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ON February the First 1887, the Lady Vain was lost by collision with a derelict when about the latitude 1' S. and longitude 107' W.
On January the Fifth, 1888--that is eleven months and four days after-- my uncle, Edward Prendick, a private gentleman, who certainly went aboard the Lady Vain at Callao, and who had been considered drowned, was picked up in latitude 5' 3" S. and longitude 101' W. in a small open boat of which the name was illegible, but which is supposed to have belonged to the missing schooner Ipecacuanha. He gave such a strange account of himself that he was supposed demented. Subsequently he alleged that his mind was a blank from the moment of his escape from the Lady Vain. His case was discussed among psychologists at the time as a curious instance of the lapse of memory consequent upon physical and mental stress. The following narrative was found among his papers by the undersigned, his nephew and heir, but unaccompanied by any definite request for publication.
The only island known to exist in the region in which my uncle was
picked up is Noble's Isle, a small volcanic islet and uninhabited.
It was visited in 1891 by H. M. S. Scorpion. A party of sailors
then landed, but found nothing living thereon except certain curious
white moths, some hogs and rabbits, and some rather peculiar rats.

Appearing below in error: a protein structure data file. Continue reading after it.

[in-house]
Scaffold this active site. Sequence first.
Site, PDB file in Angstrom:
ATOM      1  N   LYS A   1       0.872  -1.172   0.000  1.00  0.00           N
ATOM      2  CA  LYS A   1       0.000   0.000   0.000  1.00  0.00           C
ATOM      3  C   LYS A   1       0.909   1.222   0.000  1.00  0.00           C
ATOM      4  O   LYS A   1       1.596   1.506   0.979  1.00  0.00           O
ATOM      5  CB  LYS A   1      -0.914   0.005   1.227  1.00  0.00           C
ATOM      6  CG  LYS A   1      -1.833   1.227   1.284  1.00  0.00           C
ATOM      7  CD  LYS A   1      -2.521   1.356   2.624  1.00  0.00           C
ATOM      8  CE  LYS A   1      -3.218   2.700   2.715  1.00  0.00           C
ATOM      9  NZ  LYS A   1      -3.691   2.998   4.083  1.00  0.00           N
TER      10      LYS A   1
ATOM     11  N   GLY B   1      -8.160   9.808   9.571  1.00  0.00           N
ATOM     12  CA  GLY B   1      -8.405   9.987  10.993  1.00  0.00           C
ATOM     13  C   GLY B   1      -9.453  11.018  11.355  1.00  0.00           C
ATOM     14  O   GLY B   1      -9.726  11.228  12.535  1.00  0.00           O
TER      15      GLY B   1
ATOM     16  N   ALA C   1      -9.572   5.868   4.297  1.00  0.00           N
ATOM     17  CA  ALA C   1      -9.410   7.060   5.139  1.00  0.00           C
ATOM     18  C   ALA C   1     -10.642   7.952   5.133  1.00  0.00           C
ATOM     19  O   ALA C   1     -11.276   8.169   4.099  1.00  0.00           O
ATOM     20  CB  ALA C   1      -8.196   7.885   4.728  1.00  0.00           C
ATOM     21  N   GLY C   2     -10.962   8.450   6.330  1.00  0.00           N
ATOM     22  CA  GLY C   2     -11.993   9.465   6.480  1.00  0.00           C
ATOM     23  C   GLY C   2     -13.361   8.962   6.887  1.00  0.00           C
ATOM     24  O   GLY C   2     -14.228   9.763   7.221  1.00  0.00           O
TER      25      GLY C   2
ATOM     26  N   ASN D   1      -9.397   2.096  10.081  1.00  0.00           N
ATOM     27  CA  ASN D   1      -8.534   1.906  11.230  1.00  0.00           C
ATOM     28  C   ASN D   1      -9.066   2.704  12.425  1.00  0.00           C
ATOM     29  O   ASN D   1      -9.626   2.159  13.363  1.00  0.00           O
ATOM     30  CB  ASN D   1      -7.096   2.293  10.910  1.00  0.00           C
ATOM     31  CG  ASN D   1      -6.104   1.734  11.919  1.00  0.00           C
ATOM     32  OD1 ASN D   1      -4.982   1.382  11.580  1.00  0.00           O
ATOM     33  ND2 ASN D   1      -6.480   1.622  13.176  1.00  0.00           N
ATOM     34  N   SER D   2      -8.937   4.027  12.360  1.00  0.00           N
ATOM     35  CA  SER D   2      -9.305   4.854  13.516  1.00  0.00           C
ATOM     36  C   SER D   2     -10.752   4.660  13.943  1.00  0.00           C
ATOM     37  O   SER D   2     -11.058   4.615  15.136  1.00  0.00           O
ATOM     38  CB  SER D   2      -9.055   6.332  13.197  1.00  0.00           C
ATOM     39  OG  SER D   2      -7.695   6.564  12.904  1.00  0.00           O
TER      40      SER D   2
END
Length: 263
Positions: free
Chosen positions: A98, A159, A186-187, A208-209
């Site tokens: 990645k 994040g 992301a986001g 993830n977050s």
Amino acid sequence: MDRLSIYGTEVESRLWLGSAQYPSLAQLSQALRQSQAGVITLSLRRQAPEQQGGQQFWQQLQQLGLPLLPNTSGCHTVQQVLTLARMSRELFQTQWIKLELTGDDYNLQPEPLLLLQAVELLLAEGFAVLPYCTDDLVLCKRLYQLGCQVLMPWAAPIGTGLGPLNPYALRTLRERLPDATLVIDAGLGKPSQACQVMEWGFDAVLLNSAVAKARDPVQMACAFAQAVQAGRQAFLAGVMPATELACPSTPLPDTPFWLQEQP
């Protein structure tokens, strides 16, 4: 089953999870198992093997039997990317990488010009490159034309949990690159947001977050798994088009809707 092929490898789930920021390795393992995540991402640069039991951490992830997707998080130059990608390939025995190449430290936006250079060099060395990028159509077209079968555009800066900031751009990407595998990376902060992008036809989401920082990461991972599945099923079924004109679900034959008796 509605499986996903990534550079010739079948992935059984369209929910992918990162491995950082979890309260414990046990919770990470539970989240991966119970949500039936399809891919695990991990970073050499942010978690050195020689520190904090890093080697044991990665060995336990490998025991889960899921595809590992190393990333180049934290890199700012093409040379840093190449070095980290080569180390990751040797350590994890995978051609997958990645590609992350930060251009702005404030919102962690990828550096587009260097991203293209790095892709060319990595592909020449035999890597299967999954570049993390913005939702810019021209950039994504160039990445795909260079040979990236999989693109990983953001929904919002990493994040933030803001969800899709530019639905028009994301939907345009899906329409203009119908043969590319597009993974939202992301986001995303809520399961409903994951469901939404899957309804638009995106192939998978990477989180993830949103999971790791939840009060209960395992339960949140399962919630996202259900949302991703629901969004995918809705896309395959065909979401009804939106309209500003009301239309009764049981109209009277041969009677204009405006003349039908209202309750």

So that this narrative is without confirmation in its most
essential particular. With that understood, there seems no harm
in putting this strange story before the public in accordance,
as I believe, with my uncle's intentions. There is at least
this much in its behalf: my uncle passed out of human knowledge
about latitude 5' S. and longitude 105' E., and reappeared
in the same part of the ocean after a space of eleven months.
In some way he must have lived during the interval. And it seems that
a schooner called the Ipecacuanha with a drunken captain, John Davies,
did start from Africa with a puma and certain other animals aboard
in January, 1887, that the vessel was well known at several ports
in the South Pacific, and that it finally disappeared from those seas
(with a considerable amount of copra aboard), sailing to its unknown
fate from Bayna in December, 1887, a date that tallies entirely with my
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